You just can’t escape it - the importance of food is a subject on everyone’s lips. On Wednesday, in the New York Times, native-son (he’s from Yamhill!) Nicholas Kristoff railed against the status-quo at the USDA. In anticipation of Obama’s upcoming Secretary of Agriculture announcement, Kristoff wrote that during the last few administrations, oversight of the USDA has been neatly passed off to large ag corporations. The short story is that we’ve ended up with a Department of Agriculture that cares little about the environmental, social, and cultural values of what we grow and what we eat.
According to Kristoff,
The most powerful signal Mr. Obama could send would be to name a reformer to a renamed position. A former secretary of agriculture, John Block, said publicly the other day that the agency should be renamed “the Department of Food, Agriculture and Forestry.” And another, Ann Veneman, told me that she believes it should be renamed, “Department of Food and Agriculture.”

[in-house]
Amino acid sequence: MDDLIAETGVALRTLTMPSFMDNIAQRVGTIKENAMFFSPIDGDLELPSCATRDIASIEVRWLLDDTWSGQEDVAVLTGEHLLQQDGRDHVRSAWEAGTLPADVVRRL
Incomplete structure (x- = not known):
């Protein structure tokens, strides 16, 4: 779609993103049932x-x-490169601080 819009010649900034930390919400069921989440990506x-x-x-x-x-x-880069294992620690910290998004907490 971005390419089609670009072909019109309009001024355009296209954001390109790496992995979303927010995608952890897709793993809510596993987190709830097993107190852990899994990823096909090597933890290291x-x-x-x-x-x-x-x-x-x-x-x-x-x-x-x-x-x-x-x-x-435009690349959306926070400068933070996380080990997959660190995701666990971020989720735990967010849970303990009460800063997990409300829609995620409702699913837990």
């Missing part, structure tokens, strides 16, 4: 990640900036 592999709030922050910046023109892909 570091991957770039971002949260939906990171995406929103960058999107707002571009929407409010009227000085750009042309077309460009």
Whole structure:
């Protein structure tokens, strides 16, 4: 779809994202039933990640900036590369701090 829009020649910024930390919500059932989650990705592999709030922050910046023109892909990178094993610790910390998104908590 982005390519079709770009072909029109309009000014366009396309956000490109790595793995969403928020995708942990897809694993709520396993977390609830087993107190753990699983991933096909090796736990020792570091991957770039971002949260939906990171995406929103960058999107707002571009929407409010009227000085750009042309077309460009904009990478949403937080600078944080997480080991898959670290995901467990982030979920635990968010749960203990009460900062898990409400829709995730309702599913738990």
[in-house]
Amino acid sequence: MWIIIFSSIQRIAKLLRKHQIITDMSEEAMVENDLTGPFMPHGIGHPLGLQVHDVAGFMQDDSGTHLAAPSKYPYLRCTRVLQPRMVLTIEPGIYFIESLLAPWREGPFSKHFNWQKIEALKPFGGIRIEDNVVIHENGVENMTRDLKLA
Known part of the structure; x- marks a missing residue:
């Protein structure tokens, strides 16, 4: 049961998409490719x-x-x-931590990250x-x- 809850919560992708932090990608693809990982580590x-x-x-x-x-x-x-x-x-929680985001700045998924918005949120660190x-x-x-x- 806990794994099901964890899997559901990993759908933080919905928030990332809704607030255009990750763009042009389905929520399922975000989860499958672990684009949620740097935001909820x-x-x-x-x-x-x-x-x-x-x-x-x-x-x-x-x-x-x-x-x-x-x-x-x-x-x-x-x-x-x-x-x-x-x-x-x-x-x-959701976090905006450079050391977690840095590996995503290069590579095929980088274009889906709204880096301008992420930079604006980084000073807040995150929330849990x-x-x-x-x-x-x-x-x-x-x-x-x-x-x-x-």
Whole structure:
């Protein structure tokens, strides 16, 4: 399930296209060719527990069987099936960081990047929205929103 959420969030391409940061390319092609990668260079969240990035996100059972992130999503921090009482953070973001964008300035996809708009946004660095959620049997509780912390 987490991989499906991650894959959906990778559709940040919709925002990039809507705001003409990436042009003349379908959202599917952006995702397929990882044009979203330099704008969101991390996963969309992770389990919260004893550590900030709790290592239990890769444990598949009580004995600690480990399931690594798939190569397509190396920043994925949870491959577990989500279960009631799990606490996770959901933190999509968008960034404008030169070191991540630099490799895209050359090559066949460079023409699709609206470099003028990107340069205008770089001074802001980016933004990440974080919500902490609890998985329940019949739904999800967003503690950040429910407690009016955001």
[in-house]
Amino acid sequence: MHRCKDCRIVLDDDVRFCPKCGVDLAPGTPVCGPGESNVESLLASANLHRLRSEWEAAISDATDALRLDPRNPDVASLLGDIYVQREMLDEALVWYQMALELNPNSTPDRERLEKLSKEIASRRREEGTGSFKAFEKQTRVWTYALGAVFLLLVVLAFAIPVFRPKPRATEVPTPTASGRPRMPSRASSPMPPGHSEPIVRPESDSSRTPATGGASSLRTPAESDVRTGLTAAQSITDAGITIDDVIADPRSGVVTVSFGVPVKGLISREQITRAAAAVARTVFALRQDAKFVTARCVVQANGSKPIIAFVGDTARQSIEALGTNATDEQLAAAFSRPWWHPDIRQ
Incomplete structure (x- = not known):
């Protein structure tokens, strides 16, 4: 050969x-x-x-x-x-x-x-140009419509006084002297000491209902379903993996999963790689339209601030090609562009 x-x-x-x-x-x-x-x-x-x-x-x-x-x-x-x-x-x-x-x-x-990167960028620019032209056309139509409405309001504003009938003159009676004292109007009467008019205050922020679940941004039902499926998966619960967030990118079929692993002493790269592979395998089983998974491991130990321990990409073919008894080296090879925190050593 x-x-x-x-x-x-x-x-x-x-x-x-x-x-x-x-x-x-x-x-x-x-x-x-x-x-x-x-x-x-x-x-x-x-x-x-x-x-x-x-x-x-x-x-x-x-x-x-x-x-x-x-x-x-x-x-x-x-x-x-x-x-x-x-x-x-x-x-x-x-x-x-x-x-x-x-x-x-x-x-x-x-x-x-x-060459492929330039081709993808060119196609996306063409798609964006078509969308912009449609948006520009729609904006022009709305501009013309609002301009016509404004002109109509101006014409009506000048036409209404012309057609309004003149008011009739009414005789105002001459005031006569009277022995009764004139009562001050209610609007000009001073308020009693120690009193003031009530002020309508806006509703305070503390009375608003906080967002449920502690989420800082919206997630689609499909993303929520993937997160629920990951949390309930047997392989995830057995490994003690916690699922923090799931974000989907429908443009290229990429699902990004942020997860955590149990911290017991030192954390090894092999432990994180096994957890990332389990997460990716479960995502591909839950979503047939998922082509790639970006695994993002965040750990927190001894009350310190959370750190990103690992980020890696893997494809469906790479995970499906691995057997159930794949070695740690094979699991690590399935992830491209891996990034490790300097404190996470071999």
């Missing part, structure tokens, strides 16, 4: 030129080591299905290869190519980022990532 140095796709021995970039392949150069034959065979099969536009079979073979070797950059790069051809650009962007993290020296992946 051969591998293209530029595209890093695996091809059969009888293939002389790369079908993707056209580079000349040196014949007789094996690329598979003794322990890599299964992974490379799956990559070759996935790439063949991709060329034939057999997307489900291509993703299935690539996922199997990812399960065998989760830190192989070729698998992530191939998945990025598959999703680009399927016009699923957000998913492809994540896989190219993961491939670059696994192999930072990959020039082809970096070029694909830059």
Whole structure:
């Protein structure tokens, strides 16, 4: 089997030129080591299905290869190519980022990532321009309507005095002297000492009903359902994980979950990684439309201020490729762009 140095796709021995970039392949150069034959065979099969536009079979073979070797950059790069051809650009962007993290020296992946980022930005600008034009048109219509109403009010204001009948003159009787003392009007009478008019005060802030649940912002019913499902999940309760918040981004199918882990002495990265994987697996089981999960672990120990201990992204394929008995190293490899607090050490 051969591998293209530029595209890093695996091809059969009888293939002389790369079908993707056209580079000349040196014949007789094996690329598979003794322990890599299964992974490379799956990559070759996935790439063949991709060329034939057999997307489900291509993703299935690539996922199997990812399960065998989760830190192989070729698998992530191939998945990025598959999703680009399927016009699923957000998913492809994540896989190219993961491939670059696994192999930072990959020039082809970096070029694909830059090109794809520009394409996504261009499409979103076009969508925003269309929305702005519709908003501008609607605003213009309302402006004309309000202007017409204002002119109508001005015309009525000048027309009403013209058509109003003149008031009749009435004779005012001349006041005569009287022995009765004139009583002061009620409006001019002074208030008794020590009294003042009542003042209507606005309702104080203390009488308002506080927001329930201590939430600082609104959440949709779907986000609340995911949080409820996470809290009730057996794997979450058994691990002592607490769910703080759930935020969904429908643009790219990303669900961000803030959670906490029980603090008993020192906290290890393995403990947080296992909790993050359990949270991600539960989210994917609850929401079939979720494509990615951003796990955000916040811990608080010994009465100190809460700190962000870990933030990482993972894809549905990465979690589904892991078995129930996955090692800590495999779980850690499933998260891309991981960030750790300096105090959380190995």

His point raises a great question: is it possible that how we talk about agriculture in this country could significantly change what we do about its problems? Has the disconnect between large-scale agribusiness and farmers become so great that we no longer associate agriculture with food? Do we need to re-assert this vital connection? To do so might prove to be a powerful symbol.
Once you’ve had a chance to read Kristoff’s piece, make sure to sign the Food Democracy Now petition to let President-Elect Obama know your opinions on his agricultural appointments. With over 19,000 signatures already, the petitions pulls together a strong, six-person shortlist of potential candidates for the Secretary of Agriculture.